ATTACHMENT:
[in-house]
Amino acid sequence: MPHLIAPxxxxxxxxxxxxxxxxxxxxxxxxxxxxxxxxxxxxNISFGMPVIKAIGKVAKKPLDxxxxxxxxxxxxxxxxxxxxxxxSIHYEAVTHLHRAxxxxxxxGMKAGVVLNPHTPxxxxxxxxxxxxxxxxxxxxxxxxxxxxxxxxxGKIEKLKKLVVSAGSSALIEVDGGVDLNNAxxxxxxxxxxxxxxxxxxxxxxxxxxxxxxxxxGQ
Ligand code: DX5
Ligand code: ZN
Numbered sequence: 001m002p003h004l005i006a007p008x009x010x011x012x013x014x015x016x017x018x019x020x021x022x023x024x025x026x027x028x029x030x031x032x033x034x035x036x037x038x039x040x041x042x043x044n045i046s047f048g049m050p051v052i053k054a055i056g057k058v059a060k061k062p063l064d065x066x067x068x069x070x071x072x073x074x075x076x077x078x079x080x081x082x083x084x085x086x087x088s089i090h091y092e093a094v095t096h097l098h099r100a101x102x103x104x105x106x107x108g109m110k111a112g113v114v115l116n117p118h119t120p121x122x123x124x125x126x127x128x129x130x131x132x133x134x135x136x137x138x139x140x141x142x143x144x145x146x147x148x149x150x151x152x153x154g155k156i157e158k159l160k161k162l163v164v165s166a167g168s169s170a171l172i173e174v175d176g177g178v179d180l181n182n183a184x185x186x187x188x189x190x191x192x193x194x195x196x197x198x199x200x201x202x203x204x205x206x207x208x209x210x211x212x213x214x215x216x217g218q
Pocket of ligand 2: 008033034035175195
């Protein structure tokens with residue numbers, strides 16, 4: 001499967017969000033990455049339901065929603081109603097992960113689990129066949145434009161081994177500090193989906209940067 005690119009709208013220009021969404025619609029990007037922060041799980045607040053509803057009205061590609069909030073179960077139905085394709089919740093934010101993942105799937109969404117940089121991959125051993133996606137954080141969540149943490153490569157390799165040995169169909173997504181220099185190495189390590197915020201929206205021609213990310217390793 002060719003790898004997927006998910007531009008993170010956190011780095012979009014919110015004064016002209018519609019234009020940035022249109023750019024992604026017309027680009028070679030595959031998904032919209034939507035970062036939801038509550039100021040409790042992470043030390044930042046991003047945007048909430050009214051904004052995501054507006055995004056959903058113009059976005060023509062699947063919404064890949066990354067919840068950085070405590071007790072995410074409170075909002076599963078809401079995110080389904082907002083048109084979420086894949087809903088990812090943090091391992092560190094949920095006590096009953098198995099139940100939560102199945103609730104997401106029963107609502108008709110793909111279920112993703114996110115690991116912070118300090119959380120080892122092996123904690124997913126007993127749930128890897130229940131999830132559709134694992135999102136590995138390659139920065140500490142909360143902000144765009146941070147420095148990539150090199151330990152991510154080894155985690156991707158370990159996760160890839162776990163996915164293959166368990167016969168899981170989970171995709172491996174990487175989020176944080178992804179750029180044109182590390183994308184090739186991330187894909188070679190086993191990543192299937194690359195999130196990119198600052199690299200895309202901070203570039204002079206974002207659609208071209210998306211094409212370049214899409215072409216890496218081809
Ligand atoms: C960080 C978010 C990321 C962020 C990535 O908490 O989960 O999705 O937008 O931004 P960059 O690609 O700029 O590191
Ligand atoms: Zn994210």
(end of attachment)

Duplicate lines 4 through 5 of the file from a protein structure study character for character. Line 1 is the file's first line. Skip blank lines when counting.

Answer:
Ligand code: ZN
Numbered sequence: 001m002p003h004l005i006a007p008x009x010x011x012x013x014x015x016x017x018x019x020x021x022x023x024x025x026x027x028x029x030x031x032x033x034x035x036x037x038x039x040x041x042x043x044n045i046s047f048g049m050p051v052i053k054a055i056g057k058v059a060k061k062p063l064d065x066x067x068x069x070x071x072x073x074x075x076x077x078x079x080x081x082x083x084x085x086x087x088s089i090h091y092e093a094v095t096h097l098h099r100a101x102x103x104x105x106x107x108g109m110k111a112g113v114v115l116n117p118h119t120p121x122x123x124x125x126x127x128x129x130x131x132x133x134x135x136x137x138x139x140x141x142x143x144x145x146x147x148x149x150x151x152x153x154g155k156i157e158k159l160k161k162l163v164v165s166a167g168s169s170a171l172i173e174v175d176g177g178v179d180l181n182n183a184x185x186x187x188x189x190x191x192x193x194x195x196x197x198x199x200x201x202x203x204x205x206x207x208x209x210x211x212x213x214x215x216x217g218q